Recent polling commissioned by Scope has found that a quarter of disabled people are concerned that they will be unable to access a vaccination centre and a third of disabled people are concerned about catching covid at a vaccination centre. What action are the Government taking to ensure that the vaccine roll-out is fully accessible and safe for disabled people, and how will the Government ensure that no disabled person waiting for their vaccine is left behind?
The hon. Lady makes an important point. Our NHS has been working to ensure that our vaccination centres are safe and accessible, and the Government have overall been seeking to communicate to every group the importance of securing a vaccination as early as possible. We will continue to work with fantastic organisations such as Scope to ensure that the needs of everyone living with a disability are effectively met.
Last year, the people of Greater Manchester had the opportunity to vote for Laura Evans as the Conservative candidate for the mayoral position taken away from them. Will my right hon. Friend do all he can this year to ensure that people across the United Kingdom have the opportunity to vote for their chosen candidates and to engage in full and normal campaign activities?
My hon. Friend makes an important point. Without taking anything away from the current Mayor of the Greater Manchester Combined Authority, I would have to say that the Conservative candidate would be even better in that important role and, I think, more accurately represent the changing complexion of the north-west, where, thanks to effective constituency champions such as my hon. Friend, people are recognising that Conservative representation in our great cities is the best way of getting Britain moving.
I think Bolton is still a town!
Since December, Argyll and Bute’s shellfish exporters have been, in their words, haemorrhaging money. Last week, one small company even paid €1,400 to taxi prawns from Boulogne to Brittany to prevent losing a high-value customer permanently. This cannot be dismissed as teething problems—the industry is being destroyed. When will we see a long-term plan to help all seafood exporters withstand the impossible trading conditions they find themselves in?
I am grateful to the hon. Gentleman for raising this issue. His Scottish nationalist party colleague, Fiona Hyslop, who is the Minister in the Scottish Government, is working with the UK Government to ensure that we do everything we can to support the seafood sector across Scotland and, indeed, across the United Kingdom. But I cannot help but observe that if the Scottish nationalist party had its way, we would be back in the common fisheries policy and we would not be able to take control of our waters in the way that we want to.
Scottish electoral officials believe that upwards of 2 million people could use postal votes in the Holyrood elections in May, meaning 2 million extra absentee voter registrations—nearly four times the normal number. The Electoral Commission believes that 3% to 5% of those votes could be spoiled by voters incorrectly filling out forms, which could invalidate up to 135,000 votes. With a similar trend expected across the UK, what steps are the Government taking to address that concern?
I am grateful to the hon. Lady for drawing wider attention to this issue. It is one that the Electoral Commission and the Minister for the Constitution and Devolution are taking seriously in order to ensure the integrity of voting this May.
Pet owners who have always travelled to GB from Northern Ireland—many do it several times a year—face extreme expenditure on vet bills and additional paperwork. It affects not just those travelling from Northern Ireland but those from England, Scotland and Wales, as we are a closely connected nation with family members throughout the United Kingdom. Our veterinary standards match or exceed those in the EU. What measures are the Minister and his Government taking to address this injustice within our great nation by Europe and the Northern Ireland protocol?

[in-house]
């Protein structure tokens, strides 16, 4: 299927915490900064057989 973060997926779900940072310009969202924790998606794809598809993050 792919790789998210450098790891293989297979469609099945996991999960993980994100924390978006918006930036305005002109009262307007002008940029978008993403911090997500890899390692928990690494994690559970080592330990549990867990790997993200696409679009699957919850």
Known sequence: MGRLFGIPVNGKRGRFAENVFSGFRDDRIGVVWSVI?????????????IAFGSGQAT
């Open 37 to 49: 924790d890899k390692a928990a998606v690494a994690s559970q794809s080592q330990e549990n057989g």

The hon. Member makes an important point. It is vital we ensure that we can have travel for citizens across the common travel area with their pets, and we have been working with the European Union and indeed the Irish Government to ensure that that continues. I hope to be able to update the House on progress in the coming days.
I thank my right hon. Friend for his tireless work to ensure free trade flows post Brexit. Will he join me in welcoming a fantastic proposal to boost trade? It is for a free port in the east midlands that covers key sites in Nottinghamshire, Derbyshire and Leicestershire and will create 60,000 new jobs in the region.
My hon. Friend makes an impressive pitch for the east midlands, which we know is the commercial heart of the United Kingdom and so a very appropriate location for a free port. The ultimate decision of course rests with my right hon. Friend the Chancellor of the Exchequer, but I am sure he will pay close attention to the case that my hon. Friend and her colleagues make.
The right hon. Gentleman will agree that the contaminated blood scandal is a human tragedy. It has resulted in more than 3,000 deaths to date, and an astonishing 200 victims have died since the inquiry began. Justice has been denied and many individuals have not received any form of compensation. When can Sean Cavens, a constituent of mine, and the other victims expect the justice that they deserve?
I am very grateful to the hon. Gentleman for raising the case of not just his constituent but all those who were affected by this issue. He has been a very effective campaigner on behalf of the victims, and a statement will be made in the House shortly on the Government’s response. Again, I thank him and other colleagues who have been so effective in making sure that we do not forget the victims of this affair.
Last but certainly not least, I call Theresa Villiers.
Thank you, Mr Speaker. The arrogance and intransigence expressed in Commissioner Šefčovič’s letter to the Chancellor of the Duchy of Lancaster has caused many of us to conclude that the EU’s professed concern for Northern Ireland was only ever a disguise for its cynical negotiating objectives. Will my right hon. Friend take a tough approach with the EU on fixing the immediate problems of the protocol, but also develop a replacement so that we can remove it altogether in future?
My right hon. Friend accurately reflects the sentiments and feelings of many in the House and beyond. It is vital that we work constructively to ensure that the people of Northern Ireland recognise that the United Kingdom Government will stand up in every forum and in every way for their rights as integral members of this great nation.
I am suspending the House for three minutes to enable the necessary arrangements for the next business to be made.